Three Reasons To Welcome Users When They Join Your Forum Community

While it may seem obvious to some, when a user engages with you in some way—joins your email list, follows you on social media, joins your forum, etc.—it is polite and potentially lucrative to personally welcome them and thank them for following you.

For starters, this act of kindness creates a warm and fuzzy feeling and tells the person they’re “more than just a another follower”. Incidentally, this moment also represents a perfect opportunity to make a request of the user. It could be a request for feedback about a new product, a question about the biggest challenges they currently face, or the next steps the person can take to build a stronger relationship with you.

In the best case, a good welcome message provides instant value to new users when they join.

We have found this opportunity is often overlooked by forum owners. However, the Ninja Post platform is designed to help you avoid this costly mistake because we allow site owners to automatically send a Personal Message to new users when they join your forum community. By welcoming users, forum admins can accomplish three important goals:

  1. Nudge the user to proceed. For example, you can encourage the user to introduce himself or herself or to create a new thread. Many people are bashful when they join a new group and never get involved beyond lurking. A warm introductory message helps users get comfortable right away.
  2. Alert the user about special deals, new products for sale, account upgrades, etc. When a user joins your forum his or her enthusiasm is very high and he or she might not be aware of products for sale. Bring this information to their attention.
  3. Set expectations for user behavior. By explaining what is or is not tolerated, the site owner can set a constructive tone for the entire community. The user gets a direct line of communication with the site owner. This approach encourages members to work together and help one another and is designed to reduce vicious personal attacks and things of that nature.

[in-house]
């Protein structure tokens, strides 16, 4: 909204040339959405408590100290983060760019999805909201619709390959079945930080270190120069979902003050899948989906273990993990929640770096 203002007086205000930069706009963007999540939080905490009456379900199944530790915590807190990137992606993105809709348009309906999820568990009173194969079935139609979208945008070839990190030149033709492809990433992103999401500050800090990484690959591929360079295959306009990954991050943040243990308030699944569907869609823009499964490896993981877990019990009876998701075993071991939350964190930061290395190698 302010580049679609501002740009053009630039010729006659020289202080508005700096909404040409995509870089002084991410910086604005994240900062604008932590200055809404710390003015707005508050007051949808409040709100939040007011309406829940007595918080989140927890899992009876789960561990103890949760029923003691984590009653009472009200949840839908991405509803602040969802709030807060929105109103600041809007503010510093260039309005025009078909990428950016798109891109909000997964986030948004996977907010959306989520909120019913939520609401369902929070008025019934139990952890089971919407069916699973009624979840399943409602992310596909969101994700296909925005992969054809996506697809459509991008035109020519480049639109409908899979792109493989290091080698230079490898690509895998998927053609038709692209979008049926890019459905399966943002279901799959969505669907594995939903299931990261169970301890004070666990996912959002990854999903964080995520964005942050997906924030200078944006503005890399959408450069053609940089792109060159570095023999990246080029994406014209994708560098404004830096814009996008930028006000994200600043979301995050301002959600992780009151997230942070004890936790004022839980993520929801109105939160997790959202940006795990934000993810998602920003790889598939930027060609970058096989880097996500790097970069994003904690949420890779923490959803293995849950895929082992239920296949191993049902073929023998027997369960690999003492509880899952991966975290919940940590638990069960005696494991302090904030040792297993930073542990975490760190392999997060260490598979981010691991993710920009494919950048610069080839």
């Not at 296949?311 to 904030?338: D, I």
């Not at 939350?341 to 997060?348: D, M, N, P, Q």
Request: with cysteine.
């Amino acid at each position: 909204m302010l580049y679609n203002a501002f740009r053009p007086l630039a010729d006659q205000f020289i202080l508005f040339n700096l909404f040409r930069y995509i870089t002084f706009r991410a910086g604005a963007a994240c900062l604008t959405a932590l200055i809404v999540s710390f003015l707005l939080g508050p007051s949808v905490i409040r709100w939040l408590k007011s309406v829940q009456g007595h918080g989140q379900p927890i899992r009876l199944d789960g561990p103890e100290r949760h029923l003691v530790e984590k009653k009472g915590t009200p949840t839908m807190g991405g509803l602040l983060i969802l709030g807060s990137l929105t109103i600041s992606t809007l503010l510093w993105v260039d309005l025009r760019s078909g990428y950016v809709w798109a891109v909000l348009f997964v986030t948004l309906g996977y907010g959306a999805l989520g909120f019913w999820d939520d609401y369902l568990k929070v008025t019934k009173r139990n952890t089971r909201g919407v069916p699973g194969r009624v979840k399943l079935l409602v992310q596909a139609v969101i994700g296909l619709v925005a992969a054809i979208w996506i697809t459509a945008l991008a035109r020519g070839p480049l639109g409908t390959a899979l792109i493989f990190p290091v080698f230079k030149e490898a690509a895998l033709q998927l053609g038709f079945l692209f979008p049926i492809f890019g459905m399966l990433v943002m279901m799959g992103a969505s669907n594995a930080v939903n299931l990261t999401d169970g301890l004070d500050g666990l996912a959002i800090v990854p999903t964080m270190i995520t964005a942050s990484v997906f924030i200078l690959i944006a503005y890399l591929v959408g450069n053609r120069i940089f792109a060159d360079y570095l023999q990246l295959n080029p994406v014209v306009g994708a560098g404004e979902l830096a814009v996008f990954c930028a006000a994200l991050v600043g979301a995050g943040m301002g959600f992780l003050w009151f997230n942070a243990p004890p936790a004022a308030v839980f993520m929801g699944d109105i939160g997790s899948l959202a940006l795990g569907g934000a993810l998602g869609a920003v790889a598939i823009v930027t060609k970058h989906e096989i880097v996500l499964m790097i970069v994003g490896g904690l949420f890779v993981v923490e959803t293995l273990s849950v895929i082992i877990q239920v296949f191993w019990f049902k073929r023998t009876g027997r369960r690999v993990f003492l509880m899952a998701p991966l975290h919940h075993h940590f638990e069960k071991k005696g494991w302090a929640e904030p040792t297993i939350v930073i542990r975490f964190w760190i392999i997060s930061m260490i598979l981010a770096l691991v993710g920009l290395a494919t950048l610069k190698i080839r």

Not everyone will take you up on your offer… but it doesn’t hurt to extend a warm welcome to new users. As long as your platform can take this action automatically on your behalf it’s a no-brainer to implement. How you take advantage of this opportunity to engage is up to you!

It's important to welcome new users when they join your forum

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Client Profile: The Matterport User Group Forum

Note: Guest blog post by Dan Smigrod. Dan is the founder of the Matterport User Group Forum which is powered by Ninja Post. Thanks, Dan!


Here’s why we created the Matterport User Group Forum and why we engaged Ninja Post to host it.

First some context. Atlanta-based We Get Around is Georgia’s first and only photography service company dedicated solely to providing Matterport three-dimensional (3D) photography services. We started a Network of 3D photographers from around the globe in September 2014 and needed a way to bring everyone together.

We launched our Ninja Post forum so that we could connect Matterport 3D content creators worldwide. As I wrote then, “Our vision is a community of Matterport users getting help and helping others with Matterport capture, creation and sharing.” Or as Ninja Post describes: “Collaboration. New friends. Inspiration.”

Now, on any given day, as many as 300+ people worldwide check-out our Forum to browse 1,500+ thread posts among 150+ topics. More than 100 Matterport Pro 3D Camera photographers from five continents have registered as members. Forum readers have collectively spent more than 1,000+ hours on the Forum, including more than 41,500+ page views and spend an average of 5:43 minutes on the site during each visit. All that in just our first six months!

Forum members often comment how helpful and quick other members are responding to questions. Plus, members have created an awesome knowledge base for those who are just thinking about buying a Matterport Pro 3D Camera to those of us who are prolific 3D content creators. For example, I posted a question about Matterport iFrame embed code for WordPress before I went to bed and the next morning there was a very detailed answer waiting for me (and subsequently many thread posts on this topic).

Starting the Forum has also helped us find other Matterport pros for our Network and helped with SEO for We Get Around. (To see for yourself, Google: Atlanta Matterport Photographer)

As you can imagine, starting a Forum just a month after the Matterport 3D Showcase solution was announced meant that it was likely that we would only have a couple of members to start. Mike coached us on suggested thread topics, initial content strategy and, enabled Matterport 3D Showcase content to be easily embedded in thread posts. Essentially, everything that would help us success in forming a robust community around the Matterport platform.

We’re thrilled with the Matterport User Group Forum powered by Ninja Post. That’s why I asked if I could share my enthusiasm for Ninja Post in this guest post.


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5 Steps To Revive A Dead Forum